If you’ve been to Heraklion you’ve probably seen it: the emblematic summit of Stroumpoulas (Stroumboulas, Strouboulas) reigns west of the city and has always been a place of worship with centuries-old history. In our days, every year pilgrims walk to the summit and the chapel of Timios Stavros (Holy Cross) on its celebration day (September 14) and on the celebration day of Profitis Elias (July 20). Many of them arrive the day before to attend the evening service and spend the night around the chapel of Timios Stavros with their sleeping bags, setting up an impromptu feast with music and food that ends with the morning service.
The inhabitants of nearby villages (Tylissos, Marathos, Rogdia, Gonies, Astiraki and Damasta) always had a special connection to the mountain. This is where they fulfill their religious oblations (known as tama in Greek) and organized the best feasts around the chapel. They cultivated in the fertile plateau that lies at the foot of the mountain, and farmers even used its shadows as a “watch” in older times.
According to historical evidence, before the Venetian period (1205–1669) Stroumpoulas was known as ‘Stroggulo’ (which means ‘round’ in Greek), probably because of its shape.
Later, Venetians called it ‘Stromboli’, because it reminded them the namesake volcanic island of Sicily, and this name is mentioned by many travelers of the era and in Venetian maps, until the compromising name 'Stroumpoulas' finally dominated. According to narratives, the chapel of Timios Stavros was built by a rich man from the village of Fodele (El Greco’s village). Initially, the chapel had a tin cross, which was taken down by the ruthless Ottoman ruler Bethri Agha, who locked it in a chest. Rumors say that the cross returned to the chapel by miracle, and not one but two times, as the angry Agha tried to capture it again! This cross remained at the chapel until 1941, and some residents of Tylissos still remember it.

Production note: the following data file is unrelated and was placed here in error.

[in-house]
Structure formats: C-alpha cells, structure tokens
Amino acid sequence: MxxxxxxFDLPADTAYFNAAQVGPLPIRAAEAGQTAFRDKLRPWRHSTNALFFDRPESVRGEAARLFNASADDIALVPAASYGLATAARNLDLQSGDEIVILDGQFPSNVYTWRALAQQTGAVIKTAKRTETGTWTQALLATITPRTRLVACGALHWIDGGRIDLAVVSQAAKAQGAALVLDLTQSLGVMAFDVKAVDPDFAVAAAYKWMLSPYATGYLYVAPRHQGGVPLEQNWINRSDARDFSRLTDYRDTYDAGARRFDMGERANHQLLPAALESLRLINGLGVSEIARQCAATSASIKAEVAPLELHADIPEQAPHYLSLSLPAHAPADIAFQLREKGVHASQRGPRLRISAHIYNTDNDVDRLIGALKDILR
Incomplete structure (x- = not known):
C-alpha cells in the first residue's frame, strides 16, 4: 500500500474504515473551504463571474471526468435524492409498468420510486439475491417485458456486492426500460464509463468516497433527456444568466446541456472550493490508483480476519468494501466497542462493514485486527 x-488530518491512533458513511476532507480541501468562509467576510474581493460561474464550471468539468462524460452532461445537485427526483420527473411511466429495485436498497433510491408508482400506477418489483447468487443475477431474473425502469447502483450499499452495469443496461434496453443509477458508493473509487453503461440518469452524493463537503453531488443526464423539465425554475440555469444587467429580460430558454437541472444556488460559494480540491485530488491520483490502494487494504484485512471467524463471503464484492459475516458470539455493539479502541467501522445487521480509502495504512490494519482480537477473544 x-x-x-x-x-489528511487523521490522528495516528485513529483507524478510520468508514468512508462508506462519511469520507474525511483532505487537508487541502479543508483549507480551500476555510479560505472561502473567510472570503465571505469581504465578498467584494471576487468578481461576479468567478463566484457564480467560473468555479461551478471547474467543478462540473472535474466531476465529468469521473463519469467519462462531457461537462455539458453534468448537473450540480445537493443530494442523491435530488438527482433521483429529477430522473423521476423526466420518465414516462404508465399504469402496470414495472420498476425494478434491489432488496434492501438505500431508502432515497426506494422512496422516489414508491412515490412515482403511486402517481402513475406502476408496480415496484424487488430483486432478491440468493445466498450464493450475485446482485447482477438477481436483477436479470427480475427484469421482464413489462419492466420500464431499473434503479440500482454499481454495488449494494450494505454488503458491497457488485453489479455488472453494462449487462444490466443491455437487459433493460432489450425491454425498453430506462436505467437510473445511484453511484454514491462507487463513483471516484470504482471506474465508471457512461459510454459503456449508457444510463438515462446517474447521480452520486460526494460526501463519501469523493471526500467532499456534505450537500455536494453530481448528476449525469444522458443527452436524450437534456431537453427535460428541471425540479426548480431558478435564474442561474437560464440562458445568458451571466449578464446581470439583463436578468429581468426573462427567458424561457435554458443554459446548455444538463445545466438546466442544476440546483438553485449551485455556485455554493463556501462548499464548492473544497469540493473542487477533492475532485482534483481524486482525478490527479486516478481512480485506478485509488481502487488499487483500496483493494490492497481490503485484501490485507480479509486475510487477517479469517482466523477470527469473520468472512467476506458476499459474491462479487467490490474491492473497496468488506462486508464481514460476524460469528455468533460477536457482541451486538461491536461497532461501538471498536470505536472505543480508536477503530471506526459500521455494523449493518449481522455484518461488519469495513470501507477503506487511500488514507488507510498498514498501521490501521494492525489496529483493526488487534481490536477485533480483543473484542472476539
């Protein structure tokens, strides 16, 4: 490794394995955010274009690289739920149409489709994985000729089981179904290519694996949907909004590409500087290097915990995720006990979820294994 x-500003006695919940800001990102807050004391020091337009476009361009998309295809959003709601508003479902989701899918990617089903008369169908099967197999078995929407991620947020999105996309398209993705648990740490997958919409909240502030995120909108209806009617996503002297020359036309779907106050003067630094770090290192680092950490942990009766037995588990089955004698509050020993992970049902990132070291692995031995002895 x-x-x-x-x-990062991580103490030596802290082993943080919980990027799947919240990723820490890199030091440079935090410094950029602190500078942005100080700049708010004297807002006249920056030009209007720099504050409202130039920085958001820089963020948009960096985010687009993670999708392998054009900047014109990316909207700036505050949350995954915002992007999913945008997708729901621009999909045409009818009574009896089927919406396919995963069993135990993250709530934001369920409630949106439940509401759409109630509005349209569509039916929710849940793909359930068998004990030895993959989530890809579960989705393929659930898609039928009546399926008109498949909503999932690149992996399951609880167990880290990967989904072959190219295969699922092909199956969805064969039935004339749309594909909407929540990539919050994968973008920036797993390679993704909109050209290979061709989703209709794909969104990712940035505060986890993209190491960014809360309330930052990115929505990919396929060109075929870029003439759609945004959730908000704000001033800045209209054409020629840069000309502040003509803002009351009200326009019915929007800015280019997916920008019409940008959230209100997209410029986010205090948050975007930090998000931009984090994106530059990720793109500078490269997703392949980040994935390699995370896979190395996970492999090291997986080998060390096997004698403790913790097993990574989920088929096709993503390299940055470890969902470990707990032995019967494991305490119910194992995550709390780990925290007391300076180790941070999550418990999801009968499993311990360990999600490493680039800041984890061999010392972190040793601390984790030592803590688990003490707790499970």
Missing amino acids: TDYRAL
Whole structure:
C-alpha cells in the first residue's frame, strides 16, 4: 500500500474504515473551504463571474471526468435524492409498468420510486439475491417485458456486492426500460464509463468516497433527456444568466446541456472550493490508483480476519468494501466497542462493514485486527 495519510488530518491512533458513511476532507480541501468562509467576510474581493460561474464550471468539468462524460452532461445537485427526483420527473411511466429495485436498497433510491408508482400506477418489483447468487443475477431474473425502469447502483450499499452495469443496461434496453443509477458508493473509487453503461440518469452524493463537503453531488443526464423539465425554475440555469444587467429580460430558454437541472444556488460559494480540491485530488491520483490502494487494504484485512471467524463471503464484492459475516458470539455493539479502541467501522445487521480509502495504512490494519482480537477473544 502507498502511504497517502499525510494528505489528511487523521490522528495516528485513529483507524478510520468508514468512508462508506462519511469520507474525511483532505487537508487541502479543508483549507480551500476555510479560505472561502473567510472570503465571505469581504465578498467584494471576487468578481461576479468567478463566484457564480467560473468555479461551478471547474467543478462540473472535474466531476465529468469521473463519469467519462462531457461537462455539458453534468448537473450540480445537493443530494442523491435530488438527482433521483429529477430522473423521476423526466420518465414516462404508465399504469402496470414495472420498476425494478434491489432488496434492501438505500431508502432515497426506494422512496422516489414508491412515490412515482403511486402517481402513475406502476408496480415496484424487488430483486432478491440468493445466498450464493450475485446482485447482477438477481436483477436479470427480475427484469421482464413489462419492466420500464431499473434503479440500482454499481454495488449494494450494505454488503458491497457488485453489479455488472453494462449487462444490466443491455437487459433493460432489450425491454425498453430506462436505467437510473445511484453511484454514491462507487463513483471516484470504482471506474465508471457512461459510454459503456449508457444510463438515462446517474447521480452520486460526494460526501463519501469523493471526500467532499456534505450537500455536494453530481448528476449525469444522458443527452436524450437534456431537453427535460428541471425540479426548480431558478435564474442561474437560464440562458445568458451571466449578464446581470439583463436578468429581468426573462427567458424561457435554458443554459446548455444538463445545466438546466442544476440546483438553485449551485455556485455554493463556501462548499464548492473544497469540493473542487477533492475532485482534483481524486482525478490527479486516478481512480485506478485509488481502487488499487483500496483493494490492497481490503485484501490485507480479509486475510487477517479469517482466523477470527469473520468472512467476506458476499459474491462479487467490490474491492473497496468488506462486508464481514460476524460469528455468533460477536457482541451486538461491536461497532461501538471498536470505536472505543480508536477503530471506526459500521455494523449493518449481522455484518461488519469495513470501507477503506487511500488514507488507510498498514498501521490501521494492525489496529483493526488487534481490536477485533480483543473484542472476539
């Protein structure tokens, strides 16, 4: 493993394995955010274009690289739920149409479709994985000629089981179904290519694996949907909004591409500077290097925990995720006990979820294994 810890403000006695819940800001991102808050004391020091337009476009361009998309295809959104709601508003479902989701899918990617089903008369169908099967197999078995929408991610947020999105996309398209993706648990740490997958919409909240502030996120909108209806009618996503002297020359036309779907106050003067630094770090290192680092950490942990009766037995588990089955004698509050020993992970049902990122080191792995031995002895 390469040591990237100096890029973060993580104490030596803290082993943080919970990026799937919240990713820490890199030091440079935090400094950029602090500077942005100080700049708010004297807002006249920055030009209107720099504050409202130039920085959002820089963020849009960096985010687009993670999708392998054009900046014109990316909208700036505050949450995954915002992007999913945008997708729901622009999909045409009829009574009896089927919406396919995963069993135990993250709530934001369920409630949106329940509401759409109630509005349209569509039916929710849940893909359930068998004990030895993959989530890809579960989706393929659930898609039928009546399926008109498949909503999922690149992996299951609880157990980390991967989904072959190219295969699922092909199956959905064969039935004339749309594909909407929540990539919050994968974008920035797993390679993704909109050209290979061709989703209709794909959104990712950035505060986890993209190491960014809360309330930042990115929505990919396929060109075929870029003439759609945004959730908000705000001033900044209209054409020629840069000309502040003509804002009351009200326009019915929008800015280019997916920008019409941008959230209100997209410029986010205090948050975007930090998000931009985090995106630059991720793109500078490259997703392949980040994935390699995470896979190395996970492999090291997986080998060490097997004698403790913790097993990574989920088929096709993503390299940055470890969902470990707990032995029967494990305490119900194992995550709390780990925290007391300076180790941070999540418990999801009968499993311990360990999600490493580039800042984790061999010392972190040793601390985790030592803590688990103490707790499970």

The chapel of Timios Stavros is also mentioned in the memoirs of Ottoman traveler Evliya Celebi, who watched the siege of Candia (as Heraklion was called at that time) from the summit of Stroumpoulas. One thing is for sure, however: the chapel existed since the Venetian period (even though it was destroyed and rebuilt several times). In fact, in a 1594 report directed to the Administration of Venice, there is reference to the local custom of the ascent of pilgrims to the chapel of Timios Stavros, who walked to Stroumpoulas on the same trail as you today. An even more exciting fact: consider that ancient Tylissians climbed up the same mountain four thousand years ago to fulfill their own religious oblations, carrying clay pots and copper idols. At the southern part of the plateau of Stroumboulas – and specifically up the summit of Pirgos- archaeologists have found the remains of a peak sanctuary with plenty of space around it, where the Minoans definitely organized their own feasts!
To reach Stroumpoulas, you need to drive on the road directed to the village of Damasta, and about 500 after you pass Voulismeno Aloni, you will see a detour to the left that will lead you to the plateau after about 1,5 km. A few meters after you pass the chapel of Agios Georgios (St. George) you may park your car on the dirt road that leads to the mountain to your right and start walking on the trail that leads to the chapel of Timios Stavros, 800 meters above the plateau. The hike lasts 30-45 minutes, it is relatively easy and suitable for all ages. The few oaks and bushes you will meet on the trail offer their shade if you want to take a break, and the scents of Cretan herbs fill your lungs and "purify" them from the city fumes.
At the end you might be a little tired, but your reward is a wonderful panoramic view that spreads from the gulf of Heraklion to the coast of Hersonissos and beyond, until the mountains of Lassithi. And as the sun sets, you see the triangular shadow of Stroumpoulas softly spreading over Heraklion and the summits of Milopotamos painted orange, and the poet inside you wants to express all that beauty; perhaps with your photographic lens, or –if you are even more romantic- on a piece of paper.